Aybar is a BETTER everday hitter (avg)…lose a little in home runs but Willie could hit 25-30, lose a little in field… but would be a good move if Rays could get a big time catcher, reliever or everyday RF…They should for AL home run leader…..

      • steve-o1285 says:

        What is your infatuation with batting average?

        • Don says:

          Something I learned in Little League…the more hits you get(avg)…the more runs you score….made sense to me….how about you? or do you think hitting a home run every four games more important?

          • steve-o1285 says:

            Well yes, a home run every four games would be pretty important. Who doesn’t want a 40-HR season?

            Apparently your little league coach didn’t teach you that there are other ways to get on base. Pena walks a lot, which is why he has a higher OBP than Aybar…higher SLG, OPS, ISO and wOBA as well. But yeah, I guess he’s a crappy hitter because of batting average.

            By your logic, Alberto Callaspo was a better hitter than Alex Rodriguez last season.

    • I’m surprised we don’t hear more speculation about Pena being traded now. I’d rather keep Crawford and move Pena if money needs to be saved.

    • Beth says:

      You are right! There are two really big salaries (well, three, if you count Burrell), and Crawford’s is just one. I love Carlos but sometimes wonder if the 30-40 homers, strong D and great smile is worth the 3,000 strike-outs (at least it often feels like 3,000 a season).

      But Pena, due to his age and inconsistency as a hitter, wouldn’t get the same value as Crawford. So I would agree that Pena is more expendable than Crawford, but trading him may not yield much, unless you had a contending team needing to fill that specific spot in July.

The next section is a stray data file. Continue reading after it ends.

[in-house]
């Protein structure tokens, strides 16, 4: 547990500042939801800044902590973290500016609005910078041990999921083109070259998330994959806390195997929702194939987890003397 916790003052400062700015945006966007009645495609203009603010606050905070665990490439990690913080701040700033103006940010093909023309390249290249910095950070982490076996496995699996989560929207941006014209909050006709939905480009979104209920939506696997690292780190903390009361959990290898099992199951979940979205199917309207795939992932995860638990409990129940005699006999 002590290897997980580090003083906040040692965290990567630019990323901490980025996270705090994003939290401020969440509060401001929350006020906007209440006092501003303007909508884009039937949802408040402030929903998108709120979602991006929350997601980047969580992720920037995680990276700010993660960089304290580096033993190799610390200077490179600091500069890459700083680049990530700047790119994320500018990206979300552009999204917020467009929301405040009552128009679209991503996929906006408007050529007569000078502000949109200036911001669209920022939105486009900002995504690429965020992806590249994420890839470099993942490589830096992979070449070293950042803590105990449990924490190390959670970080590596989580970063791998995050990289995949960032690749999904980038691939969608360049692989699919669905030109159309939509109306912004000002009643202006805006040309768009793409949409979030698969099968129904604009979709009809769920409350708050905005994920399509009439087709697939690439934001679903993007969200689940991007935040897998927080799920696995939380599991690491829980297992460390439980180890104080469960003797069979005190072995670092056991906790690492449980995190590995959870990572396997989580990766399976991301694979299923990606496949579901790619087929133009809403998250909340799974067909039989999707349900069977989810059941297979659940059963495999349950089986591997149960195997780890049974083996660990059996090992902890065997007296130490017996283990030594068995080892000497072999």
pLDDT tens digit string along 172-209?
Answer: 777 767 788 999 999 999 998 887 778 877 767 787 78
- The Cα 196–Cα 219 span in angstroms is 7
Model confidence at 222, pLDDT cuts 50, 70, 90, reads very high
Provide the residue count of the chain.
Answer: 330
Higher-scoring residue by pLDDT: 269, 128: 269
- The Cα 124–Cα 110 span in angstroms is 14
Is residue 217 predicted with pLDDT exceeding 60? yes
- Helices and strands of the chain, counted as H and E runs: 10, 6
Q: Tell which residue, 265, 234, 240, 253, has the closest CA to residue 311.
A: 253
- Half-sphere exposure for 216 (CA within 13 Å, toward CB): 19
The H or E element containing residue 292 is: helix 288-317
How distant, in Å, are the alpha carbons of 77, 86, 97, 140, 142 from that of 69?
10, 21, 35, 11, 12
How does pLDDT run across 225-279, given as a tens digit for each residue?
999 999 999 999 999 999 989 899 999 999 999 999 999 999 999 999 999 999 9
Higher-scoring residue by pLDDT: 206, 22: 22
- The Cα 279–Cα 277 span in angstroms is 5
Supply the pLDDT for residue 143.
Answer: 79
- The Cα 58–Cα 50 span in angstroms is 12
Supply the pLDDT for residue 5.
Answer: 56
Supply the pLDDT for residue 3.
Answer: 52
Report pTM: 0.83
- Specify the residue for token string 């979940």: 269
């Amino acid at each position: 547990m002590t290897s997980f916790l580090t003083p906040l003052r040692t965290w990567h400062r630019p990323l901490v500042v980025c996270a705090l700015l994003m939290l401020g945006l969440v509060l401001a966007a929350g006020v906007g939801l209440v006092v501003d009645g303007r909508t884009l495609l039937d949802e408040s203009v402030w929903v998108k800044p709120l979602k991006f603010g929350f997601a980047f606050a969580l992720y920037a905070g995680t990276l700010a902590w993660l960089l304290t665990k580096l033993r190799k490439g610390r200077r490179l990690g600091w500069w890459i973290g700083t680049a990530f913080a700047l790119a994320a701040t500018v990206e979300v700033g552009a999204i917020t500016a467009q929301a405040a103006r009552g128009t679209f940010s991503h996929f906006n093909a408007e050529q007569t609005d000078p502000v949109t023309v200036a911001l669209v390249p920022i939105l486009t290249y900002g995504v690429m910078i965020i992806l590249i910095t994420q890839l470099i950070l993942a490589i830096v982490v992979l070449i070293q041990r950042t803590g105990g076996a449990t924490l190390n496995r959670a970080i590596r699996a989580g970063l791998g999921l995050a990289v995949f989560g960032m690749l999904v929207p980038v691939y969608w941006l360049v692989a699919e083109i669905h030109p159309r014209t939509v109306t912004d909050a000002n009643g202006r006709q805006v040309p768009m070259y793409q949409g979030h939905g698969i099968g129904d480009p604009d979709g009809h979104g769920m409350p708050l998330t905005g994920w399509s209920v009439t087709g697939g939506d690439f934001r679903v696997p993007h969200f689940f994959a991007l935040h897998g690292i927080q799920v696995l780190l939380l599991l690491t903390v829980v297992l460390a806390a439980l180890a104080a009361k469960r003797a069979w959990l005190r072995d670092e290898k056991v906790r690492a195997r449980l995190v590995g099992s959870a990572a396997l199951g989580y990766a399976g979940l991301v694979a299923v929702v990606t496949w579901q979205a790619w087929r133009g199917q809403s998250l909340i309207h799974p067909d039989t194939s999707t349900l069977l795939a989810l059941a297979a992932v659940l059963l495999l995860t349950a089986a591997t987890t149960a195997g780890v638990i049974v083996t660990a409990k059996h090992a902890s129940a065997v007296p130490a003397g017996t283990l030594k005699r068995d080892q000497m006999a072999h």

But let’s not fool ourselves into thinking that Aybar can take Pena’s place without a dropoff on both power and defense. Pena would seem like a better trade option if there were a strong first baseman at a high level of the farm system.

  2. Andrew says:

    I’d be very surprised if Bartlett earns only $3.5MM in arbitration; my guess is that somewhere north of $5MM is more likely, given a) that he was voted team MVP for *not* hitting in 2008, b) he hit the ever-lovin’ snot out of the ball in 2009, and c) the market price for a premium all-glove, no-bat shortstop is $5MM (see Jack Wilson). This is also Bartlett’s second year of arbitration eligibility, I believe, which typically drives the price up as well.

  3. Don says:

    Stevie-boy…let me ask you a question….see how smart you are…
    Lets go to extremes….
    Would you want a team with 9/40hr players and they SO 200 times or
    A team (Bartlett types) that hit .340 with 10 hrs
    Which team would win more games?

    • steve-o1285 says:

      That may be the dumbest question I’ve ever seen.

      I’m not doing this anymore. Trying to turn retards into respectable fans is such a fruitless effort.

      • Don says:

        TOUCHDOWN…I knew you you couldn’t answer a queston like that…
        Thanks for proving your a moron…….
        Anyone else on this site want to answer my question…..how about you Professor…home run man ….!!

  4. ben says: